I find it absolutely fascinating that the left is completely down with the idea of using taxes to raise the price of gasoline and cigarettes in order to discourage consumption, but somehow believe the laws of supply and demand are suspended in the labor market and the health care market.

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  9. It’s not that they believe it it suspended, they wish to use the forces of government to suspend them.

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    • McWing:

      It’s not that they believe it it suspended, they wish to use the forces of government to suspend them.

      In the liberal mind the magical powers of government can probably turn water into wine, too.

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    • Anyone have any idea what the Dormant Commerce Clause is?

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      • Dormant Commerce Clause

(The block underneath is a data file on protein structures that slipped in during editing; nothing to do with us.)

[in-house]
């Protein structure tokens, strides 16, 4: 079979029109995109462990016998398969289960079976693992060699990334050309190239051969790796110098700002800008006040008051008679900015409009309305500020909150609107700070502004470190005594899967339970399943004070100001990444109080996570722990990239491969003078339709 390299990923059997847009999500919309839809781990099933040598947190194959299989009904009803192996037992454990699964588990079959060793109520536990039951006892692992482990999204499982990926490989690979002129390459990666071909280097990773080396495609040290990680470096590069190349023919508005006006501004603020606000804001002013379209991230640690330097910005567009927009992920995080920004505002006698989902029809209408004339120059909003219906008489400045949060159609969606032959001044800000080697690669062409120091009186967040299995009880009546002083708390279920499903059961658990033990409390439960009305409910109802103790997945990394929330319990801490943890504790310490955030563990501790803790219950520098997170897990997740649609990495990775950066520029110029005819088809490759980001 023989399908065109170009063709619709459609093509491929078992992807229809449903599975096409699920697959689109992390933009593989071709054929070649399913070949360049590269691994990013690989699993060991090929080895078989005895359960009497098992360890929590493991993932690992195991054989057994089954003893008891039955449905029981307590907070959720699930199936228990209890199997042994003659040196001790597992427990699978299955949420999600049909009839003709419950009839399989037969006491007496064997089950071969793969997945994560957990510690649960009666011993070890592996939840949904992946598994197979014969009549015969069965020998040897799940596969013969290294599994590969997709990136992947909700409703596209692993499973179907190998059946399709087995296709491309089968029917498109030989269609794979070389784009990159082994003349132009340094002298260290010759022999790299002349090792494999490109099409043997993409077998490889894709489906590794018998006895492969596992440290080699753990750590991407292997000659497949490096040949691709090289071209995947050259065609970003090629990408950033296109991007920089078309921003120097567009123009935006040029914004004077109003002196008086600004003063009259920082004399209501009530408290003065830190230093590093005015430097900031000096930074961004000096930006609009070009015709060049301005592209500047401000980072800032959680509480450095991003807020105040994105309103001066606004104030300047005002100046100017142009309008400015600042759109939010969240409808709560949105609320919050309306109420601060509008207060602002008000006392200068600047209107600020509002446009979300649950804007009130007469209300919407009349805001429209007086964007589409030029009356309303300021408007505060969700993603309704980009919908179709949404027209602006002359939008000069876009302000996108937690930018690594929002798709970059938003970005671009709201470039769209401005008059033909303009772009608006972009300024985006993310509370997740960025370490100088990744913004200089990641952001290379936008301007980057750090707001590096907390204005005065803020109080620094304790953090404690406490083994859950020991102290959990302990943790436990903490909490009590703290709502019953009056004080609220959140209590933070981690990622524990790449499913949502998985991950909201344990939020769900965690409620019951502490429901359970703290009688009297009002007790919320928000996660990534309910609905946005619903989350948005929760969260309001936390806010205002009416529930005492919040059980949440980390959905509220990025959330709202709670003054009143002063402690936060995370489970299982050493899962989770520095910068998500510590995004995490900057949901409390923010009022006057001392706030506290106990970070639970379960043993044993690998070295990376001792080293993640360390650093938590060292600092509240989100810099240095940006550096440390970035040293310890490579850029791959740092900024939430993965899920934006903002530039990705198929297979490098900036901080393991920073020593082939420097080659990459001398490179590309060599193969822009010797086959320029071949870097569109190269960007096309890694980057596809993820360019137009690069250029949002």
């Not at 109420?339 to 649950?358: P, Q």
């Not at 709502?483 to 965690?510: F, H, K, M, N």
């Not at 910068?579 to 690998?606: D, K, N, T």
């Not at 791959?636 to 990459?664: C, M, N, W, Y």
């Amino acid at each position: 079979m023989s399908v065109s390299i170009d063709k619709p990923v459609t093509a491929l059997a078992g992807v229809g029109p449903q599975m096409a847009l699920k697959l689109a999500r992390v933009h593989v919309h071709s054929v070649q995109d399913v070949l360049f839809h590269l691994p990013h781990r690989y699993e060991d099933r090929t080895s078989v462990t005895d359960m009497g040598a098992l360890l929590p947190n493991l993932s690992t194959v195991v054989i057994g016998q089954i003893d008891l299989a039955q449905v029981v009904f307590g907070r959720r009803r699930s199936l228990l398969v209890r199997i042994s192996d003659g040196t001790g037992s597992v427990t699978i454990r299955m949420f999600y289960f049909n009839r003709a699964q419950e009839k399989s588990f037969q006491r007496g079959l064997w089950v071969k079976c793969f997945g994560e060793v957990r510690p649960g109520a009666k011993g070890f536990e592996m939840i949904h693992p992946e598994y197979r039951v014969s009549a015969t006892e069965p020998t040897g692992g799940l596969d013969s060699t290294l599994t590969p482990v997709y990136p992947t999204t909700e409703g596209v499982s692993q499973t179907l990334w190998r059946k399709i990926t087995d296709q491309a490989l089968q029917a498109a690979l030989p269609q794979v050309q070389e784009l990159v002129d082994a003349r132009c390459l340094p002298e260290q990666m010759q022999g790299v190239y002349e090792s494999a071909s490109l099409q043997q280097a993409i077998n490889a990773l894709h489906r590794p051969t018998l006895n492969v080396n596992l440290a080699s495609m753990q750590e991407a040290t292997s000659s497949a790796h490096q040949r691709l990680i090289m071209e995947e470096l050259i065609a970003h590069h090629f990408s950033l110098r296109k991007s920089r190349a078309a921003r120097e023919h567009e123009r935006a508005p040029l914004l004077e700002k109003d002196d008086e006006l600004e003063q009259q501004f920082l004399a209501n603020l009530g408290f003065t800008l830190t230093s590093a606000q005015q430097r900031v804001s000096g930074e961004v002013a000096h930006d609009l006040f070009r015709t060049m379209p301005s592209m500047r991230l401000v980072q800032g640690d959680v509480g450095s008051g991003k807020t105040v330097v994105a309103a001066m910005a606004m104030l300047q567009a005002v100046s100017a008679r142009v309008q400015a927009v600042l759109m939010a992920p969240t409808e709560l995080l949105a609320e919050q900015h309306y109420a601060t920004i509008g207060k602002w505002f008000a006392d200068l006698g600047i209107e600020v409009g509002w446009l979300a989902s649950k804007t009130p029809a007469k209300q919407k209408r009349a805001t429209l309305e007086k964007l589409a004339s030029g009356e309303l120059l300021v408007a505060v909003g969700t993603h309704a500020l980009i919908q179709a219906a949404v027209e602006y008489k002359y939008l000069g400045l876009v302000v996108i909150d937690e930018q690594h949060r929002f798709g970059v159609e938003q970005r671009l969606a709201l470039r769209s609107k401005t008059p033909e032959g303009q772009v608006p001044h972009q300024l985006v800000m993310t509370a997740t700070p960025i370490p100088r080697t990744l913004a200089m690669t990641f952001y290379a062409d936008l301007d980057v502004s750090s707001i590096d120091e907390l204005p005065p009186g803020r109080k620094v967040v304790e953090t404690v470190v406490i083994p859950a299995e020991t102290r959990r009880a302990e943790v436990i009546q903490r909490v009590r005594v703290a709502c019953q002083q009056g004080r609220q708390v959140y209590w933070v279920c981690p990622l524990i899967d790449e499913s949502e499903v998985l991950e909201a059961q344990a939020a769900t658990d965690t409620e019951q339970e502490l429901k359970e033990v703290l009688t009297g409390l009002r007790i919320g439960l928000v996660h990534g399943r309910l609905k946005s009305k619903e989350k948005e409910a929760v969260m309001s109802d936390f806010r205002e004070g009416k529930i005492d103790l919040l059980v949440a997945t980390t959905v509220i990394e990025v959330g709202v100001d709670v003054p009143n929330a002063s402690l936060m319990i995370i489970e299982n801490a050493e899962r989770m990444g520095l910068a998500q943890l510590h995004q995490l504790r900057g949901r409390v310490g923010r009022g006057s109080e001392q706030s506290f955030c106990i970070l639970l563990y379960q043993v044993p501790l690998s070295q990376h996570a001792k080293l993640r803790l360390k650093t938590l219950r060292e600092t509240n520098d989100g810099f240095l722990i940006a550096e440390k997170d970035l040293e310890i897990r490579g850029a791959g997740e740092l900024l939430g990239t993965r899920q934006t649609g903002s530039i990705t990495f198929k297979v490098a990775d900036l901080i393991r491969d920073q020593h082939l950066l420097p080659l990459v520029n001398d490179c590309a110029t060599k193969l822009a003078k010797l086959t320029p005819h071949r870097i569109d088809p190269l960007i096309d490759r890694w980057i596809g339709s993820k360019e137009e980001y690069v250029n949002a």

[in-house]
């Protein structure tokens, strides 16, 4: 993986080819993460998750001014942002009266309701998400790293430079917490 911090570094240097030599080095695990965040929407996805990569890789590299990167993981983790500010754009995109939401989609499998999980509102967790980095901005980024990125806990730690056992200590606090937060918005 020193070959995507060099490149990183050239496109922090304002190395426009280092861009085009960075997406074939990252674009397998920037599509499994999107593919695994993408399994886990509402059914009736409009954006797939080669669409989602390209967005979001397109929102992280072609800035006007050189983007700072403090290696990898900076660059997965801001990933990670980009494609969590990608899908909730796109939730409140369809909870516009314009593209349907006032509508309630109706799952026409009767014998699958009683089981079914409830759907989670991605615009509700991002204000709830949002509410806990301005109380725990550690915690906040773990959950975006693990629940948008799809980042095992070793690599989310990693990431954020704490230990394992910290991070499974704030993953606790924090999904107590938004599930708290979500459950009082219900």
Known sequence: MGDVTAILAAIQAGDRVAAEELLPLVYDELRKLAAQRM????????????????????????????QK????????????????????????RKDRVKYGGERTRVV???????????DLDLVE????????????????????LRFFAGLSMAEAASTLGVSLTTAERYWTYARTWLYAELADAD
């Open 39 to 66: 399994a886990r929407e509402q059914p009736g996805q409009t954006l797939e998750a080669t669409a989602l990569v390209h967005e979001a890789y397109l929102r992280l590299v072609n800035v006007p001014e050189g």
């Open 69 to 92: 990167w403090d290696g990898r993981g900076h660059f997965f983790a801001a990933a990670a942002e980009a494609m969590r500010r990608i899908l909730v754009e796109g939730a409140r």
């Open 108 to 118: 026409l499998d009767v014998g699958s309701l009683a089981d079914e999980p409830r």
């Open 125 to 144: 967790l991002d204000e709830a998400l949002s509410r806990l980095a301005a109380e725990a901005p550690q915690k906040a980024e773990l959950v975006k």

I do.

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        • Remember the guy who made a steamboat, Fulton? NYS gave him a monopoly for steamboat commerce on NY rivers.

          Eventually, and this was a history of stuff over 10 years or more, competitors got a case to the Supremes. Marshall ruled that Congress had the power to control navigable waterways, which necessarily affected commerce among the states. Didn’t matter if Congress hadn’t made a law, leaving the Commerce power dormant didn’t cede it to the states or anyone else.

          But Congress can affirmatively cede a power by law. The Port Authority of NY and NJ for example is OK because Congress allowed it affirmatively.